A senior State Department official is leading a U.S. delegation to three Western Balkan nations in the coming days following weeks of ethnic tensions in the region.
Counselor of the United States Department of State Derek Chollet and the U.S. delegation will be traveling to Serbia, Kosovo and North Macedonia.
The border between Kosovo and Serbia is open again after roadblocks by protesting Serbs led authorities to close border crossings between Kosovo and Serbia, as authorities worried the tensions could turn violent.
Chollet told VOA Serbian on Thursday that his visit next week comes at a key moment.
“The last few weeks has, unfortunately, seen a rise in tensions between Kosovo and Serbia. In the last 48 hours we’ve seen barricades come down, we’ve seen the border crossings reopened between Kosovo and Serbia. That’s good news,” he said.
Since 2011, Serbia and Kosovo have been part of an EU-facilitated dialogue whose purpose is the normalization of relations. Kosovo declared independence from Serbia in 2008 – which was never recognized by the Serbian authorities.
The European Union facilitated dialogue between the two sides last year, but the talks frequently ended up deadlocked.
Chollet said he wants to focus on talking about the future of Kosovo and Serbia as well as the normalization proposal laid about by the EU.
In the recent months, American and European officials were engaged in speeding up the dialogue regarding the normalization of relations between Serbia and Kosovo. The European Union has presented a proposal, but Chollet declined to provide details.
“I think sometimes in any negotiation, some of those details are best left behind closed doors until they’re ready. But we think the EU has laid out a viable path. Again, it’s going to be hard, and it’s going to require a lot of work, tough decisions, and courage by leaders to put aside differences and to do what’s in the best interests of their country. We want to help them achieve that goal,” Chollet said.
He also said that the U.S. continues to prioritize the 2013 Brussels Agreement that calls for forming the association of Serbian municipalities.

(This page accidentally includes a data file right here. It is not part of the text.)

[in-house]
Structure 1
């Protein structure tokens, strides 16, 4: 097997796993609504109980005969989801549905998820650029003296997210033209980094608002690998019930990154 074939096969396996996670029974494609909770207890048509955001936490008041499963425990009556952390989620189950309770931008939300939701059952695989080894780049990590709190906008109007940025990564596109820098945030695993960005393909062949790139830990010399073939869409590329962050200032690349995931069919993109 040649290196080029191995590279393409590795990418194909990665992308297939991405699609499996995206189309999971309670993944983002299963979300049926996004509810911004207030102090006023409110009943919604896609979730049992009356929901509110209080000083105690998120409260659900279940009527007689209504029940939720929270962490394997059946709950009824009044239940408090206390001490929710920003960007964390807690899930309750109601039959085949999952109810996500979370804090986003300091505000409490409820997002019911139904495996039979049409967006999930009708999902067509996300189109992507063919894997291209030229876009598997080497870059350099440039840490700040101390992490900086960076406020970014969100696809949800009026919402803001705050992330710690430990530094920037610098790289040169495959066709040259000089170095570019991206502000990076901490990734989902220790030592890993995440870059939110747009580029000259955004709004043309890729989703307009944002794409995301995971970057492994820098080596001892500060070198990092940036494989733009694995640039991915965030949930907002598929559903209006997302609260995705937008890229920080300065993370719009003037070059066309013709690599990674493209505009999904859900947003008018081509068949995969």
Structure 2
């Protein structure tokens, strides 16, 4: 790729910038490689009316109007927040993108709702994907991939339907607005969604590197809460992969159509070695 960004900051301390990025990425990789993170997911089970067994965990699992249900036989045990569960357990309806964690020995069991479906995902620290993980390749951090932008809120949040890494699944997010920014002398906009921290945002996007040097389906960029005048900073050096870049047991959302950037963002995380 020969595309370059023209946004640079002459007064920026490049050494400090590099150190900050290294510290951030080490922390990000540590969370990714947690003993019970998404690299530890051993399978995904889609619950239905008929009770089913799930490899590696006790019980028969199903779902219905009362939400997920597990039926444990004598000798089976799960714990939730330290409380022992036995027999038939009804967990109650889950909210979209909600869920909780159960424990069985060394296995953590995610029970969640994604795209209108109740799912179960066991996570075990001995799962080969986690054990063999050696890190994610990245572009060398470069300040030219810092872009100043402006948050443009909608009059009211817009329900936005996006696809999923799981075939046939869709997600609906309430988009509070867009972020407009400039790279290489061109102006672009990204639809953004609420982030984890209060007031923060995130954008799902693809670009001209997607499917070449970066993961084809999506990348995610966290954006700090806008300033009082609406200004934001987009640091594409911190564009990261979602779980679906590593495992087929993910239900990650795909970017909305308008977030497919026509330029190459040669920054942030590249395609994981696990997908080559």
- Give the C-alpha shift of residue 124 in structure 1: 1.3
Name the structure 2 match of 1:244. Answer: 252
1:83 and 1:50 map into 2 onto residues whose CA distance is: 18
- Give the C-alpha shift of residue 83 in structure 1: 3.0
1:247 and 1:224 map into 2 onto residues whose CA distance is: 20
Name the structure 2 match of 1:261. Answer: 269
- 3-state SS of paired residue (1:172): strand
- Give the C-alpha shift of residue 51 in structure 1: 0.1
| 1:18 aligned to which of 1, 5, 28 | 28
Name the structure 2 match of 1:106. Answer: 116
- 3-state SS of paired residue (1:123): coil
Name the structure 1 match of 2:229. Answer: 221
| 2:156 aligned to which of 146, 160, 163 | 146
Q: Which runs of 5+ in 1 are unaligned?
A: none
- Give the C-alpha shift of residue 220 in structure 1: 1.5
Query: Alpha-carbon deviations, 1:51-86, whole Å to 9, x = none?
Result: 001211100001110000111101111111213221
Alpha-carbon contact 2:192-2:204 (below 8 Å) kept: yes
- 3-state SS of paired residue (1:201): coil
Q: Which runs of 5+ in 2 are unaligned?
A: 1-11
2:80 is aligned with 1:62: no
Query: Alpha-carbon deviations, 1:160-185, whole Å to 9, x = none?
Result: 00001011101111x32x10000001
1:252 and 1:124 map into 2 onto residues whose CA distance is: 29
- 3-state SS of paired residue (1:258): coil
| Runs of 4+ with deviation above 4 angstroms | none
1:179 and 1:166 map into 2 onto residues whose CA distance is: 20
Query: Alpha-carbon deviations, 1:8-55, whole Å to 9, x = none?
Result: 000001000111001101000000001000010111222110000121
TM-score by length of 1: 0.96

“We’ve been very clear about this. We believe that this is a commitment that’s been made and should be set up. But there are many other issues, both sides have obligations here we’d like to see them move forward,” said Chollet.
The Association of Serbian municipalities is a planned association of municipalities with a Serb majority population in Kosovo. It should have an overview of the areas of economic development, education, health, urban and rural planning.
Kosovo authorities are opposed to its creation citing it is unconstitutional and pushed by the Serbian government from Belgrade.
Yet, Kosovo Prime Minister Albin Kurti praised the European proposal for an agreement between the two countries, saying it includes universal principles, such “as territorial integrity, sovereignty, independence, equality, rule of law, democracy, [and] self-determination” that he said would make an agreement sustainable.
But he told VOA Albanian Service that Belgrade has not signaled that it is ready to accept it.
“To mask the rejection of this proposal they resigned from the institutions in Kosovo north of the Ibar (river) and with these barricades on one side they wanted to territorialize the issue … and on the other hand they wanted to stifle the political pluralism of the Serbian community.”
The prime minister said the agreement on the Association of Serbian Municipalities has not passed the test of Kosovo’s Constitutional Court.